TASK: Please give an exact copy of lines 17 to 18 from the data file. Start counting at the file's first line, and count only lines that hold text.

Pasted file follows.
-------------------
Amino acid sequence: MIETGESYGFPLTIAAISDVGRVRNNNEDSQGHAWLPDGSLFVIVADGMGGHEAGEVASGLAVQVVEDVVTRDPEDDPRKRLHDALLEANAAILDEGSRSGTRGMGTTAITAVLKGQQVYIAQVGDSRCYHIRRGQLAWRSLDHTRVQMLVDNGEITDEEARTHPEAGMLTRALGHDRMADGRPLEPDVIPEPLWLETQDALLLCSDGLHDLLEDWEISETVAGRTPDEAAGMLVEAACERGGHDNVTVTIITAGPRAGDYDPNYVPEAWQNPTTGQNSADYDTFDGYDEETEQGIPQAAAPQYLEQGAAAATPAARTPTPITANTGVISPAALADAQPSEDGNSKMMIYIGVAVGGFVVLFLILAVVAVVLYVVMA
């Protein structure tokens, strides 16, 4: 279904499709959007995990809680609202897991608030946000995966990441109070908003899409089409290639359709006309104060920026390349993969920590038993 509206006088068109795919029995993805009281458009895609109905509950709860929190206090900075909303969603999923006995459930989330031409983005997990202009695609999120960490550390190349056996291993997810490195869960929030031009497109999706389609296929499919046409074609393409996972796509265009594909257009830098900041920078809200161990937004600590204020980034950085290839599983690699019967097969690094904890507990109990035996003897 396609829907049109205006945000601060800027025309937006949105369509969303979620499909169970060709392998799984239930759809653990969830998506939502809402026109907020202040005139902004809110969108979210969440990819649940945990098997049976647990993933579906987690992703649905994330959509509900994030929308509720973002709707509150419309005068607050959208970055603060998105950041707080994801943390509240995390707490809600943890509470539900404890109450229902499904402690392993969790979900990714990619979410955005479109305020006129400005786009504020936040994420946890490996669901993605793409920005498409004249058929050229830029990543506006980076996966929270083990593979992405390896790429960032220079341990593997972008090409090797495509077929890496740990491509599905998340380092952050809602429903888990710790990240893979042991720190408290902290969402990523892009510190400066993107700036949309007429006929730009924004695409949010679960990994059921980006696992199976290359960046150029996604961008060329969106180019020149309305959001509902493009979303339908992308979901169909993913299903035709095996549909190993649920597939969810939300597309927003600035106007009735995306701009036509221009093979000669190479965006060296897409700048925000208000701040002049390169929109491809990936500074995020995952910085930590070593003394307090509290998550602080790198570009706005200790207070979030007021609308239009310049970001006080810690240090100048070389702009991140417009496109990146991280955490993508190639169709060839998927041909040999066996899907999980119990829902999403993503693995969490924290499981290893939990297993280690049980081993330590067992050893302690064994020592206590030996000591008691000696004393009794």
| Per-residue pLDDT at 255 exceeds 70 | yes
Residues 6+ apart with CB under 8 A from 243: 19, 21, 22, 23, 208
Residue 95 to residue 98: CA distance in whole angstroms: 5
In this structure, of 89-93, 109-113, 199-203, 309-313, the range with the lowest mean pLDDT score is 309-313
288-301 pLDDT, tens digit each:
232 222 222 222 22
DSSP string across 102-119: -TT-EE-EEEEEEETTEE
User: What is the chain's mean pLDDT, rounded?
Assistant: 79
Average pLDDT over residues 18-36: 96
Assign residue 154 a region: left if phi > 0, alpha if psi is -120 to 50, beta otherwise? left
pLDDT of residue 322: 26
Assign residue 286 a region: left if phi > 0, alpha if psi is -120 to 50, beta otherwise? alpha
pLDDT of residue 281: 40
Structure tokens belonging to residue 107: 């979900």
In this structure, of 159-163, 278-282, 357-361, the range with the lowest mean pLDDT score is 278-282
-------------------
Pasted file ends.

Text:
Structure tokens belonging to residue 107: 């979900």
In this structure, of 159-163, 278-282, 357-361, the range with the lowest mean pLDDT score is 278-282